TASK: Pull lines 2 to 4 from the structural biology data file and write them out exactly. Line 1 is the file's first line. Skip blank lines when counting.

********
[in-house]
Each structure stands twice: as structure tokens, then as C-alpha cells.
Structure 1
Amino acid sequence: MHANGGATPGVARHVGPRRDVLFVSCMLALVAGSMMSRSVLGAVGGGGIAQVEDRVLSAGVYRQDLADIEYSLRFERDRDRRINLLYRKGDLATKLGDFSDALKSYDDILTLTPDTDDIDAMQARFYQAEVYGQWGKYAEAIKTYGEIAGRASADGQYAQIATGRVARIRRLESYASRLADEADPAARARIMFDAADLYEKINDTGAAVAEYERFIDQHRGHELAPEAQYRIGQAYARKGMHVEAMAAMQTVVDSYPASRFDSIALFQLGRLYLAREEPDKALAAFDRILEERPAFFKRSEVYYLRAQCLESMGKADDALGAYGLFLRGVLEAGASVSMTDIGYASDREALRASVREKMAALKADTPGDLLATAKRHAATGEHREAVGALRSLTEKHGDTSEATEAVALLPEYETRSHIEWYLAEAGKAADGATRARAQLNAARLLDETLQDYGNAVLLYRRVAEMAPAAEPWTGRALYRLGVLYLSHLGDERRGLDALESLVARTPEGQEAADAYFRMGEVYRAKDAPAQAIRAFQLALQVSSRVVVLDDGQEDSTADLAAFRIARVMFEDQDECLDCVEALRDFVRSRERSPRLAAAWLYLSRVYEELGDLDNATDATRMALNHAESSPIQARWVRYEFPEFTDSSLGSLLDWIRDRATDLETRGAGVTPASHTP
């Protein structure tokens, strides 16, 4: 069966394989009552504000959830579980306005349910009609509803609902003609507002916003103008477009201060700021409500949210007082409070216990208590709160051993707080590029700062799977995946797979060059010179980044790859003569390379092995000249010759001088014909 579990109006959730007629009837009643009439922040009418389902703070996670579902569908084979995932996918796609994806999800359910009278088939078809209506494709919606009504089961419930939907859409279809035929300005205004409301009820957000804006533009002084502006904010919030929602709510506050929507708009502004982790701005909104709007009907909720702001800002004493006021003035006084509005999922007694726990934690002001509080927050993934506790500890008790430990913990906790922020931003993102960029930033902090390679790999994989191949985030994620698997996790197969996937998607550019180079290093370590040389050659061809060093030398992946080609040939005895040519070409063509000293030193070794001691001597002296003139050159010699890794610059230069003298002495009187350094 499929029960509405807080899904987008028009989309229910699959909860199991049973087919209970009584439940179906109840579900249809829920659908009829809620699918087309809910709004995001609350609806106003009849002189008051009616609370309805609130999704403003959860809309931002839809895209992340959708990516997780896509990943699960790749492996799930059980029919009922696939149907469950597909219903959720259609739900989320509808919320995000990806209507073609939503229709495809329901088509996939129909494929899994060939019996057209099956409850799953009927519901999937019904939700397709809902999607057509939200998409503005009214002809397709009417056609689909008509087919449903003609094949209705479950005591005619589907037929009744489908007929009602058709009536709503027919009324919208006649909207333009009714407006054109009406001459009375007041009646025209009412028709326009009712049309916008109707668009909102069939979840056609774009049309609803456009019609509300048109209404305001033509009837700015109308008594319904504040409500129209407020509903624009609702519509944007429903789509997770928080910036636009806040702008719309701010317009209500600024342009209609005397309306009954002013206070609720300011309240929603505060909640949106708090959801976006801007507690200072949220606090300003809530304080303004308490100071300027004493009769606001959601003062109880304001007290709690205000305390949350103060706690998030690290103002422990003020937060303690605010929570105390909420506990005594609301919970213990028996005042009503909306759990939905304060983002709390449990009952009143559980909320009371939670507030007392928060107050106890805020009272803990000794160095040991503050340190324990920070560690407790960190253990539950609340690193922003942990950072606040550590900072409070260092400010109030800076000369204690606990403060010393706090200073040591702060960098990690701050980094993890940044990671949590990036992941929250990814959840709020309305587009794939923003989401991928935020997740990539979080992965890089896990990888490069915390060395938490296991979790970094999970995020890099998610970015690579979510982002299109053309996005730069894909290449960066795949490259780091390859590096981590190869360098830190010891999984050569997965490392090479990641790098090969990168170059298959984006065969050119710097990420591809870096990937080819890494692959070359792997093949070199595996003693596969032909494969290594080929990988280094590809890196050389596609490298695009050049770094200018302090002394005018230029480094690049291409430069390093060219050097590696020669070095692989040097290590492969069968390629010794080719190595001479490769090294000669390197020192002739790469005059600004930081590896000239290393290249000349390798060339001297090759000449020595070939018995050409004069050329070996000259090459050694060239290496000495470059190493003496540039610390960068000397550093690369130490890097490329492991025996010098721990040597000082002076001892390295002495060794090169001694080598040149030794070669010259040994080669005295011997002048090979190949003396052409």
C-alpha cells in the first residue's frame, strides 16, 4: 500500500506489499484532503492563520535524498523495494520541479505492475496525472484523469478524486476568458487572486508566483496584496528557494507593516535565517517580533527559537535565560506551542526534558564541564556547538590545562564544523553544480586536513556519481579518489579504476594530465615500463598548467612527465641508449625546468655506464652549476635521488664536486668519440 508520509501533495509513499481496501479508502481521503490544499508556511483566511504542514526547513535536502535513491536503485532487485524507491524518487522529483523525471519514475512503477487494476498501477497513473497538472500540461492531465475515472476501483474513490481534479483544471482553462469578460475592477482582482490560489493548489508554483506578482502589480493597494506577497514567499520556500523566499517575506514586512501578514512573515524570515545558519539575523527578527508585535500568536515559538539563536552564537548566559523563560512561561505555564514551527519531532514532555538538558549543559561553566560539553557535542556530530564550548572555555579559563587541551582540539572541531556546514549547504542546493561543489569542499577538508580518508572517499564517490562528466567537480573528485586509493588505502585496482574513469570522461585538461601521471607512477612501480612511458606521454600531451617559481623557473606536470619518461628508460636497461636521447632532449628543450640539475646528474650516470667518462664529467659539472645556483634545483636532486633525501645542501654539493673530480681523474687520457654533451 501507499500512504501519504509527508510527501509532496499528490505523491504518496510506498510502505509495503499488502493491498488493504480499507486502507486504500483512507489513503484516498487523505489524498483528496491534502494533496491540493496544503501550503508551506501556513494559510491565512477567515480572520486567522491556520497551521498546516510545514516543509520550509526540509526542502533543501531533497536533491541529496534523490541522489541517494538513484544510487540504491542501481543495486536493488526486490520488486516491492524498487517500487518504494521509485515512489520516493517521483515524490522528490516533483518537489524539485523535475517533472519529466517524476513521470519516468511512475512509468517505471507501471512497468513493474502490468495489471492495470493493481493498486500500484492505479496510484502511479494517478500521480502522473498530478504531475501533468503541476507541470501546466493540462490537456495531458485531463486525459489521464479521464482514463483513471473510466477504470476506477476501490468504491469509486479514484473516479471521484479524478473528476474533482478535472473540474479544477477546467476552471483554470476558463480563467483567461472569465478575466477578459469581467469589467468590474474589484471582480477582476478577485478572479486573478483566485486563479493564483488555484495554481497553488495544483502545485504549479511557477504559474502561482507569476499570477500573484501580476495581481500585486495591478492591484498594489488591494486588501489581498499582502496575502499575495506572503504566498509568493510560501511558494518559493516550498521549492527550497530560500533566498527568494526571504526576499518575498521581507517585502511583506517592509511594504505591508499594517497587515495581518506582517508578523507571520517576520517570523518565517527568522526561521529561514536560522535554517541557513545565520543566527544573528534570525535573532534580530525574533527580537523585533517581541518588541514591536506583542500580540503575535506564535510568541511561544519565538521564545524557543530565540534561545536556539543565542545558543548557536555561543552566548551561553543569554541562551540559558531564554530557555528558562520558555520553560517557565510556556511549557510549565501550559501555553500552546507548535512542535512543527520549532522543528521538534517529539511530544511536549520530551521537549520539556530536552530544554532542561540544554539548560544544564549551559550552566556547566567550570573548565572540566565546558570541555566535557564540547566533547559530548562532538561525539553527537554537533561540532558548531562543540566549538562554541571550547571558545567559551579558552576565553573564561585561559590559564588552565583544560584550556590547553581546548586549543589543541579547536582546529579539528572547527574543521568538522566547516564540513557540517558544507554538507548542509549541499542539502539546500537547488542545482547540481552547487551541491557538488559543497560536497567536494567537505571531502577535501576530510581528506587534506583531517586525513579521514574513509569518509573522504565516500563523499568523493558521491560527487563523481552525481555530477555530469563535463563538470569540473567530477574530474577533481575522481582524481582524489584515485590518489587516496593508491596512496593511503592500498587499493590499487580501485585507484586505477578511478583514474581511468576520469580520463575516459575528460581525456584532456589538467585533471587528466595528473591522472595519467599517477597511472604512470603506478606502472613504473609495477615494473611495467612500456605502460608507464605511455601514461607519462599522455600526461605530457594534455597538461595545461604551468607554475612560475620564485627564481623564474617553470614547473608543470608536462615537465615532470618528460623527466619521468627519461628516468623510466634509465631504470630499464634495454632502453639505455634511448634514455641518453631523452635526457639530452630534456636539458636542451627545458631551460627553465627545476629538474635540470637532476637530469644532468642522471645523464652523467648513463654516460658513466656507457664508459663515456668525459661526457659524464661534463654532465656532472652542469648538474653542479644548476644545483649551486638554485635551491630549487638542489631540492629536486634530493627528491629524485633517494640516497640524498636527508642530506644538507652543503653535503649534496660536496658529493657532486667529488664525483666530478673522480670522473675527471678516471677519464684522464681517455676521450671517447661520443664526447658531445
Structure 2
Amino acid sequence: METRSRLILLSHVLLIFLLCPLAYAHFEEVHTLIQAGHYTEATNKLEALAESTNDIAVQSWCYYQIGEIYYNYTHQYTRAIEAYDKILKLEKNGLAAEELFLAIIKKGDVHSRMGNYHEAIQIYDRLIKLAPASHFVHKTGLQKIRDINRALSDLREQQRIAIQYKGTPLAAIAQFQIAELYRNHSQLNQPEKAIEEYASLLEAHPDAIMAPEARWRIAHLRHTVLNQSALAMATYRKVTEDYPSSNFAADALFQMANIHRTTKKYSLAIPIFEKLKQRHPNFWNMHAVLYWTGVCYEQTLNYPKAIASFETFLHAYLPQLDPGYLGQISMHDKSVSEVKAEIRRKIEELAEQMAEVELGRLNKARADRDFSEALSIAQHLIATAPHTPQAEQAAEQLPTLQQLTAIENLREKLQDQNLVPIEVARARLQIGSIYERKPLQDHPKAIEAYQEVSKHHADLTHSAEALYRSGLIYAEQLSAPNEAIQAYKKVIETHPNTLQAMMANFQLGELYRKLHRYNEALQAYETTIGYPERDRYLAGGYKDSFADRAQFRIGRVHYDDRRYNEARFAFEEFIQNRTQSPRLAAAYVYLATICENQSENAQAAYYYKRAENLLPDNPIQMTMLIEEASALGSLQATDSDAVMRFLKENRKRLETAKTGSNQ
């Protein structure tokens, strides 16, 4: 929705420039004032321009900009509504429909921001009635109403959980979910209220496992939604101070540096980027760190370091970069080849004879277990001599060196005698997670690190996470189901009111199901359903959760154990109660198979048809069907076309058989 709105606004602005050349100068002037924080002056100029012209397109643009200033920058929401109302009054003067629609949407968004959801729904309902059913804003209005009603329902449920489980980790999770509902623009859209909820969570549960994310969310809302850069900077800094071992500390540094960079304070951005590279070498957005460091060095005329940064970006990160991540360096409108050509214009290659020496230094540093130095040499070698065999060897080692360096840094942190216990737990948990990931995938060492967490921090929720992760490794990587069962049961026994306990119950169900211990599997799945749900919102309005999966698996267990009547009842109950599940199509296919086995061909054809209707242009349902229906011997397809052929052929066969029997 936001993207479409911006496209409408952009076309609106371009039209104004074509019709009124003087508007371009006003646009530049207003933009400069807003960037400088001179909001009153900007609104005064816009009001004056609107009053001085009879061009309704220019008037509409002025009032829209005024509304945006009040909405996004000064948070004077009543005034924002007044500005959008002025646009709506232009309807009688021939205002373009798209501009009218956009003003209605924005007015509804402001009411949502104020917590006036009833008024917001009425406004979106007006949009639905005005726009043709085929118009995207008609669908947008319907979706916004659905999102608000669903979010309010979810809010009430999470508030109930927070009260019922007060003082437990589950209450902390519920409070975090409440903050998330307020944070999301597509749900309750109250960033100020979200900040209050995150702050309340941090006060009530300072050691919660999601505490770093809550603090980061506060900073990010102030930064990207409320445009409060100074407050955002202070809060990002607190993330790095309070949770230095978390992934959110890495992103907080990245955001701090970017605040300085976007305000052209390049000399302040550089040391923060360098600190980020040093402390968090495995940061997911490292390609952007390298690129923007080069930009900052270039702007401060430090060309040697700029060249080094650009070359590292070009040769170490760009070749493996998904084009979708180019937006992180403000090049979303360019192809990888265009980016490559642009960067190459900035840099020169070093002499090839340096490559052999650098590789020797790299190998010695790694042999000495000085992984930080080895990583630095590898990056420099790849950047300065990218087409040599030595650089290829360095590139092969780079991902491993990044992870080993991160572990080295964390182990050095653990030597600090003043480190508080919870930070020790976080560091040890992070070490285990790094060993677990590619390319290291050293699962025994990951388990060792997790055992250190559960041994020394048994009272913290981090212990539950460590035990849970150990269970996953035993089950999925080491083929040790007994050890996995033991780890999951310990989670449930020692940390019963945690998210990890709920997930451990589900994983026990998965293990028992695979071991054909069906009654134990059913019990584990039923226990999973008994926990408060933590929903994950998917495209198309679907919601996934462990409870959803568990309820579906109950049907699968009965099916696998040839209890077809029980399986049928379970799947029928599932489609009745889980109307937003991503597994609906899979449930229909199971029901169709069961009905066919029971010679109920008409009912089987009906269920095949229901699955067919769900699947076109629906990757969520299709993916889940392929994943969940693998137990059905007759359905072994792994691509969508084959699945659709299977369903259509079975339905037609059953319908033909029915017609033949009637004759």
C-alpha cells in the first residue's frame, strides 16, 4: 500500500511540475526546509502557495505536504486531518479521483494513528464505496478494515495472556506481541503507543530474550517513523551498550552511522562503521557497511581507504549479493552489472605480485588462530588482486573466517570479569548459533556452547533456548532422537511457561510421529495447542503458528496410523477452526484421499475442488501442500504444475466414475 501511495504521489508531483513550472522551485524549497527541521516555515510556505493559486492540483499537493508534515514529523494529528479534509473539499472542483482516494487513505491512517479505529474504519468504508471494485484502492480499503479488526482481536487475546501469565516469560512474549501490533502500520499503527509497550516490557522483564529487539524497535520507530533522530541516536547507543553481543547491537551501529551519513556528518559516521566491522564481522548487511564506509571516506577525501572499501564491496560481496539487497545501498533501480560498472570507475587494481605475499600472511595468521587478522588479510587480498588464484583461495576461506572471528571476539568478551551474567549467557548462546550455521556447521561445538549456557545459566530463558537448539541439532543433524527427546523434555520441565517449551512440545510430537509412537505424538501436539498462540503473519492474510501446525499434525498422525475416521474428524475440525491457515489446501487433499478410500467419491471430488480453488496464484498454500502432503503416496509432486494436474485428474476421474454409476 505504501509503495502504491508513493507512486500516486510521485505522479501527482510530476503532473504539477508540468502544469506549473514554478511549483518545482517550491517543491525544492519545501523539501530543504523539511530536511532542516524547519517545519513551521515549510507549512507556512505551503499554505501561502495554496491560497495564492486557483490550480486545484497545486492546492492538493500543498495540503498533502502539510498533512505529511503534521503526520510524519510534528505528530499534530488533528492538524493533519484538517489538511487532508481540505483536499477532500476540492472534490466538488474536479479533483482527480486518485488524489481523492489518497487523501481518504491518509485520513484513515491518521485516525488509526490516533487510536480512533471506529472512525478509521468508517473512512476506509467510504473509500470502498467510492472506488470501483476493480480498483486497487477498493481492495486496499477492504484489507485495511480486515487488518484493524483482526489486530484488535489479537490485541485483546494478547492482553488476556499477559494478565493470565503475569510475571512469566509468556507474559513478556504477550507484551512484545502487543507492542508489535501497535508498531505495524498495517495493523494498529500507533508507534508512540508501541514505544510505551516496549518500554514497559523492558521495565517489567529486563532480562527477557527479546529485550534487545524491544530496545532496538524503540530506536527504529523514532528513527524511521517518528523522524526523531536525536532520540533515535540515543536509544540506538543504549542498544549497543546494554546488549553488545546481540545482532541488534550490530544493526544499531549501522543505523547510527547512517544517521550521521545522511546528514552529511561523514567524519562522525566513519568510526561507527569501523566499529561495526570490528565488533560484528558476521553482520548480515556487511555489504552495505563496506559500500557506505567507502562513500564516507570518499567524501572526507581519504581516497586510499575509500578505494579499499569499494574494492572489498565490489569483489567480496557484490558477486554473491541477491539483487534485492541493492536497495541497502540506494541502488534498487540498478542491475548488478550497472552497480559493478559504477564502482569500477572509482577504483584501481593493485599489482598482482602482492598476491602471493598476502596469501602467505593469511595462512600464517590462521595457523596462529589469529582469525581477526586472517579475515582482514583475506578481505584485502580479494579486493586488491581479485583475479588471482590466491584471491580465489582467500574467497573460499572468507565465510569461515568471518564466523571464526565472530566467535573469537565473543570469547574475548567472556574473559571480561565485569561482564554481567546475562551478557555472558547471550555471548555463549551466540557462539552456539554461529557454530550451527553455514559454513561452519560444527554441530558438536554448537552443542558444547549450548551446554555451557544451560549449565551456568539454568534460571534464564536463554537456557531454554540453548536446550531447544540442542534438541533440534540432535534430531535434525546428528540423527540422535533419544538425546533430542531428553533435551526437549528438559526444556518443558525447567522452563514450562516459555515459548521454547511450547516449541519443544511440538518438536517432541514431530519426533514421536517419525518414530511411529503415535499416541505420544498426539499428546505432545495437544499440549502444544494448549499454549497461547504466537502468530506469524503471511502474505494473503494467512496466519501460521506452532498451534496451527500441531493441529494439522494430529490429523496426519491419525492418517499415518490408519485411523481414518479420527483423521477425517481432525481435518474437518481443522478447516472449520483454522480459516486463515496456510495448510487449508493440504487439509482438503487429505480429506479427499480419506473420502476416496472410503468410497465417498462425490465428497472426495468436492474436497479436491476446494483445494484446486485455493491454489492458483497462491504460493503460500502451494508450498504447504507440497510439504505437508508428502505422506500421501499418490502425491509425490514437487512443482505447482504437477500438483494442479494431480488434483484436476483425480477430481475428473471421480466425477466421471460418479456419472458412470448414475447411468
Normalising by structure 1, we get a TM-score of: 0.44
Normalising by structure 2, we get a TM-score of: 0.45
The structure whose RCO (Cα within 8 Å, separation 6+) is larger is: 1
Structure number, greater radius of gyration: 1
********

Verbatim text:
Each structure stands twice: as structure tokens, then as C-alpha cells.
Structure 1
Amino acid sequence: MHANGGATPGVARHVGPRRDVLFVSCMLALVAGSMMSRSVLGAVGGGGIAQVEDRVLSAGVYRQDLADIEYSLRFERDRDRRINLLYRKGDLATKLGDFSDALKSYDDILTLTPDTDDIDAMQARFYQAEVYGQWGKYAEAIKTYGEIAGRASADGQYAQIATGRVARIRRLESYASRLADEADPAARARIMFDAADLYEKINDTGAAVAEYERFIDQHRGHELAPEAQYRIGQAYARKGMHVEAMAAMQTVVDSYPASRFDSIALFQLGRLYLAREEPDKALAAFDRILEERPAFFKRSEVYYLRAQCLESMGKADDALGAYGLFLRGVLEAGASVSMTDIGYASDREALRASVREKMAALKADTPGDLLATAKRHAATGEHREAVGALRSLTEKHGDTSEATEAVALLPEYETRSHIEWYLAEAGKAADGATRARAQLNAARLLDETLQDYGNAVLLYRRVAEMAPAAEPWTGRALYRLGVLYLSHLGDERRGLDALESLVARTPEGQEAADAYFRMGEVYRAKDAPAQAIRAFQLALQVSSRVVVLDDGQEDSTADLAAFRIARVMFEDQDECLDCVEALRDFVRSRERSPRLAAAWLYLSRVYEELGDLDNATDATRMALNHAESSPIQARWVRYEFPEFTDSSLGSLLDWIRDRATDLETRGAGVTPASHTP